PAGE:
Towards the decarbonisation of the construction Industry

Towards the decarbonisation of the construction Industry

The Green Economy and the competitiveness of production systems must be intimately linked to the revival of territorial competitiveness of the productive systems of Southern Europe. Not surprisingly, the energy-environmental policy of the European Union includes among its founding pillars the rapid transition towards a low-carbon economy in which energy policies aimed at the reduction of greenhouse gas emissions represents a driving force for the growth of competitiveness, especially through the field of construction and in a logical supply chain anchored to the territory.

Support for growth, competitiveness and employment, in a context of growing synergy between innovations, use of effective technologies and efficient use of resources cannot be separated from the EU’s energy and climate objectives until 2030, summarized below:

  1. Reduction of greenhouse gas emissions by 40% compared to 1990 levels;
  2. The achievement of energy production quota from renewable sources at a rate equal to 27% of the total;
  3. Percentage of energy savings equal to 27%.

The ambitious energy targets set for Italy in 2020 (reduction of CO2: -13%; renewable energy: 17%; reduction in energy consumption in Mtoe: 27.90) and the growth of the green economy in our country shows healthier sectors compared to traditional ones and, in some cases, the “green economy” is the only one not to have shown signs of slowing or contraction, not only because of public support policies or for the cost reduction of renewable technologies.

The National Energy Strategy, NES (SEN), itself has set the paradigms of a progressive decarbonisation of Europe in compliance with the targets of the 2050 Energy Roadmap of the International Energy Agency.

The construction sector, not surprisingly is the target of CRIM-SAFRI’s sustainable production and consumption strategies, represents 40% of energy consumption and generates more than one third of the emissions of greenhouse gases.

It is estimated that the entire national public housing stock has an area of ​​250 million m2, for a total annual consumption of 5 Mtoe, of which about one quarter in the South. The 2012/27/EU directive on energy efficiency, adopted in Italy in March 2014, states that the 3% of the total floor area of ​​ air-conditioned buildings owned by the central government must be upgraded each year to at least meet the minimum energy performance requirements.

ENEA estimates that there are 2,904 government buildings with a gross floor area greater than 500 m2, about 14 million m2, of which about 4 million m2 in convergence objective Regions.

Scenarios involving energy efficiency retrofitting on surfaces of just over 2.7 million m2 estimated energy savings of approximately 460 GWh. A strategy for improving energy efficiency combined with the strengthening of intersectoral supply chains (design, production, management, etc.) can therefore represent a real driving force for growth and consolidation of the construction industry, especially if interpreted in a manner consistent with the stated guidelines of production strategies and sustainable consumption of the European Union.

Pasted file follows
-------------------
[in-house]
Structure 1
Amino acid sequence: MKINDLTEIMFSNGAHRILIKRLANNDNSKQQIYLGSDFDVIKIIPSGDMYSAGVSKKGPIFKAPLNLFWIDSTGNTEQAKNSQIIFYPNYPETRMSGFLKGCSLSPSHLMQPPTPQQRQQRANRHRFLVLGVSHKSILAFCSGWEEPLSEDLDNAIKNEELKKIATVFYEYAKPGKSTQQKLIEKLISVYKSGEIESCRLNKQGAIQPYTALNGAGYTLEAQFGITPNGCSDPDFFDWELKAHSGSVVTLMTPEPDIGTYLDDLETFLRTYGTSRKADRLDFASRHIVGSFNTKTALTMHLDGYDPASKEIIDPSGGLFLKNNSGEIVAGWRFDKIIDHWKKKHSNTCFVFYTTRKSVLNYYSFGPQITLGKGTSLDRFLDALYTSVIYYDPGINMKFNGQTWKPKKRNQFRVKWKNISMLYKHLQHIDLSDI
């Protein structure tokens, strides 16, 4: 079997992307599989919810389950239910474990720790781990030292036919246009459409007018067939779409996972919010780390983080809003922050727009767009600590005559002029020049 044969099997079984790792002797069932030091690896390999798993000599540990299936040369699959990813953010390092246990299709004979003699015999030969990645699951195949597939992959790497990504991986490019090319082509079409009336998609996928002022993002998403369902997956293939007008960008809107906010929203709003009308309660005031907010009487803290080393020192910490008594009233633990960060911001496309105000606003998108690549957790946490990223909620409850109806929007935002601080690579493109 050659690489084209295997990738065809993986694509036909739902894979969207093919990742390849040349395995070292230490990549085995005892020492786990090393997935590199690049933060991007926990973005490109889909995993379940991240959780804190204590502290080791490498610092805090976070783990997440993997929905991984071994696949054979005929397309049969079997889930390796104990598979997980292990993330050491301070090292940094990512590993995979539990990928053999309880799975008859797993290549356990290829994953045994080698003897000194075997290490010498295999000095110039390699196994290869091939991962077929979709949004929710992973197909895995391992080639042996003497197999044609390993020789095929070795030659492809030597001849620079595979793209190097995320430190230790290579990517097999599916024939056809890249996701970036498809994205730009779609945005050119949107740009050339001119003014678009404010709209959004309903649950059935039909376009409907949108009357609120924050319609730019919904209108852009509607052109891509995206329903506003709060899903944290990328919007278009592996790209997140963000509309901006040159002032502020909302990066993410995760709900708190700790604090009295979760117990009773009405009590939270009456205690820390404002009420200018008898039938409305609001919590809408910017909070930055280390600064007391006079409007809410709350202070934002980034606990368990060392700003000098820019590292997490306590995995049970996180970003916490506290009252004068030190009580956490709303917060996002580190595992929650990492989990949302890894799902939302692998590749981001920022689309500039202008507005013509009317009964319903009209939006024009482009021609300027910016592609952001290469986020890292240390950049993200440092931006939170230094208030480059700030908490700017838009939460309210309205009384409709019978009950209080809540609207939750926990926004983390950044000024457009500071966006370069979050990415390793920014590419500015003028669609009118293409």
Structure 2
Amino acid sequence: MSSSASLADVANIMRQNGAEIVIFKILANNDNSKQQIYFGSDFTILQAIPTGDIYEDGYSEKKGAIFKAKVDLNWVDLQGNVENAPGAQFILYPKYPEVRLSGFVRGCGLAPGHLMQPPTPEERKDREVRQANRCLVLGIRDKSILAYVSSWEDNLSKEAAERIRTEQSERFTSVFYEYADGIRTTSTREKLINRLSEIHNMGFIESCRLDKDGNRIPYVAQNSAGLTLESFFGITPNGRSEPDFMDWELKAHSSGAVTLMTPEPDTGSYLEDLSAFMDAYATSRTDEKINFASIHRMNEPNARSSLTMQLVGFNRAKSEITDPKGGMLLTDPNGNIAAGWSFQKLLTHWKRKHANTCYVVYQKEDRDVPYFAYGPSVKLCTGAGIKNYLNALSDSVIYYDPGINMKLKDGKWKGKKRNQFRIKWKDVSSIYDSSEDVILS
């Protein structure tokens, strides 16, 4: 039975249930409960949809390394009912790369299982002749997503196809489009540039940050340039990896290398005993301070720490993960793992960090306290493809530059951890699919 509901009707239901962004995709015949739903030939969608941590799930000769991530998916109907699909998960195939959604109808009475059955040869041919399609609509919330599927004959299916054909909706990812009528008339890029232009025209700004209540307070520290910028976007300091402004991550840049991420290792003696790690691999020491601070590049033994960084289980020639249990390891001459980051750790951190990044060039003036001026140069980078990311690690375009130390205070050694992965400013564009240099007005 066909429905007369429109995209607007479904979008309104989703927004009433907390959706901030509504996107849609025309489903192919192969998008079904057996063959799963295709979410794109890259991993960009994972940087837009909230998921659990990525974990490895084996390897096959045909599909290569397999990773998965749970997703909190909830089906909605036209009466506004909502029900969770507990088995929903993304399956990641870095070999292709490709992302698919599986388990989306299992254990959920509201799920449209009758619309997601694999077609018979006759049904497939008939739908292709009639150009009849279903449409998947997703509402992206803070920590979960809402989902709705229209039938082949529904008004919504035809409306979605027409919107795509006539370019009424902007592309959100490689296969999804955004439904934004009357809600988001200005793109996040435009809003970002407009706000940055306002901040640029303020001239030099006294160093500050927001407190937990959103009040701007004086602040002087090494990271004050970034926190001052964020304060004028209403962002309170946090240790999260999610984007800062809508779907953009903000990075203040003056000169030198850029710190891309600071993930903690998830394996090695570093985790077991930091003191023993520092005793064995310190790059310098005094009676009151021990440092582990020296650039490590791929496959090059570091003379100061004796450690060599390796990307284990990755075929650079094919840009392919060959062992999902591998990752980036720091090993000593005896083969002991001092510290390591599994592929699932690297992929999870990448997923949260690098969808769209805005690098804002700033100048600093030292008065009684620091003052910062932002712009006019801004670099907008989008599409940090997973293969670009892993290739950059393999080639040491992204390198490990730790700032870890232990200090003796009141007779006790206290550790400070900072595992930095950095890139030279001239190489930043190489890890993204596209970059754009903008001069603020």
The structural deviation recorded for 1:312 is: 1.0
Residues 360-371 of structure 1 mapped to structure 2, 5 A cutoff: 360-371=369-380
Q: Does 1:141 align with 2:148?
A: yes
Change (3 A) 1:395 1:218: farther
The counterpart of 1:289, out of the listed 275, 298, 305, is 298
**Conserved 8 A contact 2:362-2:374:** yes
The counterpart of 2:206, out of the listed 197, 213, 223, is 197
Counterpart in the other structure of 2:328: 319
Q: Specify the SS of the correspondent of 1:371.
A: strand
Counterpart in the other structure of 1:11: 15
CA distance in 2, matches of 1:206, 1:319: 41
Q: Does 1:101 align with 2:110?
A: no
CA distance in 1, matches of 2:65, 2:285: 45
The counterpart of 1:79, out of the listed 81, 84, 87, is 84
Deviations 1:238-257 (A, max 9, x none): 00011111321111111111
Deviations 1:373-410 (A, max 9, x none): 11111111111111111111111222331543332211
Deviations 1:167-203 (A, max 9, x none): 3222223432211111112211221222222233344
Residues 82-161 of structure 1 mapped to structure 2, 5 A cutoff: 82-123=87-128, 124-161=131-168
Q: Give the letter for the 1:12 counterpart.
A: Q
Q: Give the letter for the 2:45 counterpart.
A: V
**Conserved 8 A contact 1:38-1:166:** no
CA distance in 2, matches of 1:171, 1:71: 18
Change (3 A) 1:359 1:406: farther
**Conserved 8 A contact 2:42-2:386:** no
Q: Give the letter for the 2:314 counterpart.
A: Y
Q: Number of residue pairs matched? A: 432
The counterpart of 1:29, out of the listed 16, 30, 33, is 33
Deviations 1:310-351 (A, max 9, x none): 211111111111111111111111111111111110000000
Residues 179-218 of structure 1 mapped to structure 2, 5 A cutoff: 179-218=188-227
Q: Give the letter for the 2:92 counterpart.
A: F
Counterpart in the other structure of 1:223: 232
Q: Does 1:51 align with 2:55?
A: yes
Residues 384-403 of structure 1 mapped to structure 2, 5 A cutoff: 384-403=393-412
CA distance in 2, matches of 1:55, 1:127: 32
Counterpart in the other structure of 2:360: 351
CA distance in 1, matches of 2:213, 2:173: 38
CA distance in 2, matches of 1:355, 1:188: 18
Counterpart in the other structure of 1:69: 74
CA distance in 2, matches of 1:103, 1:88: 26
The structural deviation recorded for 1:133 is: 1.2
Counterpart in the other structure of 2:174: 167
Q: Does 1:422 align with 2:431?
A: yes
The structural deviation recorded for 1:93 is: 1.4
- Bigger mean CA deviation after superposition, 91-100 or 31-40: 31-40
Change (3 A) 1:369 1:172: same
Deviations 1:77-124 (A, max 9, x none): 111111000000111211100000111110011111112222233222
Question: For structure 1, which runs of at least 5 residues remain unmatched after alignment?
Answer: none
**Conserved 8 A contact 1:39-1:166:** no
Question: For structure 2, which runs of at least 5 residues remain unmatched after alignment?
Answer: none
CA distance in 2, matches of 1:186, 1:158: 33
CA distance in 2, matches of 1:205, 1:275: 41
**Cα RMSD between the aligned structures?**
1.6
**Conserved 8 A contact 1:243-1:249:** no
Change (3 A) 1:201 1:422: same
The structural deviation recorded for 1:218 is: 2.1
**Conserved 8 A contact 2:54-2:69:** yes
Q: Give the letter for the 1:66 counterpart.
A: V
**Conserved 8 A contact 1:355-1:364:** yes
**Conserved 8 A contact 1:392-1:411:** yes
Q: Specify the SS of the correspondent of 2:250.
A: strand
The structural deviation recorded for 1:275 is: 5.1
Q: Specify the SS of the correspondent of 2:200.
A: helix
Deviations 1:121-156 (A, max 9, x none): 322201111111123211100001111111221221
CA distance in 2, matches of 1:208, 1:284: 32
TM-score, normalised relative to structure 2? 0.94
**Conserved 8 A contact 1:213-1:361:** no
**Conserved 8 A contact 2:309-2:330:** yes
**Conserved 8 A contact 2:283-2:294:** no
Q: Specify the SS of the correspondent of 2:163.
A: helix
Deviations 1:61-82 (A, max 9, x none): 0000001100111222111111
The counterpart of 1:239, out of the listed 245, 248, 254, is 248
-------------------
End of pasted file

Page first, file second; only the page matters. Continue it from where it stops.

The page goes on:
Strategies for sustainable production and consumption aimed at the construction industry may also cause a large increase in public demand (Green Public Procurement) of the supply of goods and services for efficiency and eco-innovation. In this pool of potential demand new investment opportunities for SMEs could help boost the production chain of the industry, currently in full recession, especially if it were possible to increase the technological content and innovative approach in the sector.

The myriad of micro-enterprises in the sector clash with some endemic weaknesses, some of which are described below:

  1. Supply chains ae rarely characterized by “clustering” phenomena; company clusters are the only ones able to meet the dimensional and organizational deficits of individual micro-enterprises;
  2. Low technological content and a low propensity for innovation;
  3. Difficulties in gaining access to credit;
  4. Low propensity for internalization.

Therefore if any of the ambitious European targets aim for a quota of the manufacturing industry of Europe’s GDP of 20% – a target that cannot be achieved without the full involvement of the construction-research, development, and innovation sectors represent three key actions for the emergence of a decarbonised and sustainable manufacturing process, consistent with the strategies of sustainable production and consumption of the EU, able to wedge themselves into the stream of the “Green economy” to meet the challenges of globalization effectively.

The research center CRIM-SAFRI discussed the issues summarized above during the conference “Technologies powered by renewable sources: 20-20-20 targets”. During the conference the energy-environmental roadmap has been described as defined by the International Energy Agency until 2050.

The CRIM-SAFRI is actively working on optimizing the energy-environmental production processes of some select companies in the eligible territories and the eco-design of products/technologies belonging to the production chain of the construction industry, in adherence to the stated strategies of sustainable production and consumption in the EU.

Prof. Maurizio Cellura